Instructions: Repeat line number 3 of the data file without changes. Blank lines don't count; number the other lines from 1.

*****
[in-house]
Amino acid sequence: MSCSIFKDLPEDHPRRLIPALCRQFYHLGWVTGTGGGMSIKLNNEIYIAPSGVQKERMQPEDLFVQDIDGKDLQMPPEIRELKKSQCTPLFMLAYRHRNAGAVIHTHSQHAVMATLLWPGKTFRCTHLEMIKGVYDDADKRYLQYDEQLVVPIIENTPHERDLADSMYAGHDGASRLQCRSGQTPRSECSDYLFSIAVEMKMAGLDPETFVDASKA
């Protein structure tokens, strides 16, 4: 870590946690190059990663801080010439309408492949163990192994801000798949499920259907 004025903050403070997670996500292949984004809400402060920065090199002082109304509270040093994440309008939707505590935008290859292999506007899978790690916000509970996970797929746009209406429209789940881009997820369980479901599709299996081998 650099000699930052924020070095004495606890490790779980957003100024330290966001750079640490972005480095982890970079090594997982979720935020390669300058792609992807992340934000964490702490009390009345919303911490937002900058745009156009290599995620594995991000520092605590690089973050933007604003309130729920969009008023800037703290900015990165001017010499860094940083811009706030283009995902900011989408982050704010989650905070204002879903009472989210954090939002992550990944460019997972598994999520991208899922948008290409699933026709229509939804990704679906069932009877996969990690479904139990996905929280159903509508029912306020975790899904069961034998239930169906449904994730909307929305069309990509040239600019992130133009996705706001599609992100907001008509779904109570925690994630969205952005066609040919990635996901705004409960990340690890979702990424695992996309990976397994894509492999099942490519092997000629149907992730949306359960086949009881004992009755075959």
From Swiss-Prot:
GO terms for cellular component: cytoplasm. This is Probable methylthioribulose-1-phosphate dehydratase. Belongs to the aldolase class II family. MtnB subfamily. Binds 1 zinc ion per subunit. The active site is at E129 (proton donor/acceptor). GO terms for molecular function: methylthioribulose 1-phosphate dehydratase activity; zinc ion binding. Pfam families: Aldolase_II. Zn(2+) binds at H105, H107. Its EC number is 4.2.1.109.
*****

């Protein structure tokens, strides 16, 4: 870590946690190059990663801080010439309408492949163990192994801000798949499920259907 004025903050403070997670996500292949984004809400402060920065090199002082109304509270040093994440309008939707505590935008290859292999506007899978790690916000509970996970797929746009209406429209789940881009997820369980479901599709299996081998 650099000699930052924020070095004495606890490790779980957003100024330290966001750079640490972005480095982890970079090594997982979720935020390669300058792609992807992340934000964490702490009390009345919303911490937002900058745009156009290599995620594995991000520092605590690089973050933007604003309130729920969009008023800037703290900015990165001017010499860094940083811009706030283009995902900011989408982050704010989650905070204002879903009472989210954090939002992550990944460019997972598994999520991208899922948008290409699933026709229509939804990704679906069932009877996969990690479904139990996905929280159903509508029912306020975790899904069961034998239930169906449904994730909307929305069309990509040239600019992130133009996705706001599609992100907001008509779904109570925690994630969205952005066609040919990635996901705004409960990340690890979702990424695992996309990976397994894509492999099942490519092997000629149907992730949306359960086949009881004992009755075959």